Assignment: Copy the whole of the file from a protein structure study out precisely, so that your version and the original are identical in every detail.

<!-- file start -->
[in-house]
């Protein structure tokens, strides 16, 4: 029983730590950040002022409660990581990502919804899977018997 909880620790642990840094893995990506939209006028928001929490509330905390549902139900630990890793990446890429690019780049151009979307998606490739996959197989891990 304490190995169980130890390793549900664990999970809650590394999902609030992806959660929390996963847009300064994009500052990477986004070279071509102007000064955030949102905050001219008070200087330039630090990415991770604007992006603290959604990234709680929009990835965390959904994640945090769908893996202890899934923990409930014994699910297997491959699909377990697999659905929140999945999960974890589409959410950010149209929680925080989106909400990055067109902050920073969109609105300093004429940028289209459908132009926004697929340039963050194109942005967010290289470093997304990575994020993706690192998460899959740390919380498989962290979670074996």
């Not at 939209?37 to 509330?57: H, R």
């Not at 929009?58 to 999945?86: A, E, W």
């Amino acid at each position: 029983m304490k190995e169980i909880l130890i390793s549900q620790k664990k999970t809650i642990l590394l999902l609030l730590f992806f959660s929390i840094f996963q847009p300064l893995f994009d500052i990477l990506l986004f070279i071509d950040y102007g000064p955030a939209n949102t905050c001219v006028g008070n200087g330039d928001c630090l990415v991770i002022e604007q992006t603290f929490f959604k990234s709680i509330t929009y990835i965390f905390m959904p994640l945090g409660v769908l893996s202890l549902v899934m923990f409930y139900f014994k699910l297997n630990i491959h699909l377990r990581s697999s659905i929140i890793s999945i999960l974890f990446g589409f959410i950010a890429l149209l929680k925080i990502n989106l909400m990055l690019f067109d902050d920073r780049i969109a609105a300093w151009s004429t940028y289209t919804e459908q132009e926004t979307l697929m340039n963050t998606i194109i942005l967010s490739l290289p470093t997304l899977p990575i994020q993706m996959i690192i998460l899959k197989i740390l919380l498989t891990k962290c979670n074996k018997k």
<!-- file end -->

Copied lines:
[in-house]
């Protein structure tokens, strides 16, 4: 029983730590950040002022409660990581990502919804899977018997 909880620790642990840094893995990506939209006028928001929490509330905390549902139900630990890793990446890429690019780049151009979307998606490739996959197989891990 304490190995169980130890390793549900664990999970809650590394999902609030992806959660929390996963847009300064994009500052990477986004070279071509102007000064955030949102905050001219008070200087330039630090990415991770604007992006603290959604990234709680929009990835965390959904994640945090769908893996202890899934923990409930014994699910297997491959699909377990697999659905929140999945999960974890589409959410950010149209929680925080989106909400990055067109902050920073969109609105300093004429940028289209459908132009926004697929340039963050194109942005967010290289470093997304990575994020993706690192998460899959740390919380498989962290979670074996």
């Not at 939209?37 to 509330?57: H, R």
């Not at 929009?58 to 999945?86: A, E, W």
């Amino acid at each position: 029983m304490k190995e169980i909880l130890i390793s549900q620790k664990k999970t809650i642990l590394l999902l609030l730590f992806f959660s929390i840094f996963q847009p300064l893995f994009d500052i990477l990506l986004f070279i071509d950040y102007g000064p955030a939209n949102t905050c001219v006028g008070n200087g330039d928001c630090l990415v991770i002022e604007q992006t603290f929490f959604k990234s709680i509330t929009y990835i965390f905390m959904p994640l945090g409660v769908l893996s202890l549902v899934m923990f409930y139900f014994k699910l297997n630990i491959h699909l377990r990581s697999s659905i929140i890793s999945i999960l974890f990446g589409f959410i950010a890429l149209l929680k925080i990502n989106l909400m990055l690019f067109d902050d920073r780049i969109a609105a300093w151009s004429t940028y289209t919804e459908q132009e926004t979307l697929m340039n963050t998606i194109i942005l967010s490739l290289p470093t997304l899977p990575i994020q993706m996959i690192i998460l899959k197989i740390l919380l498989t891990k962290c979670n074996k018997k």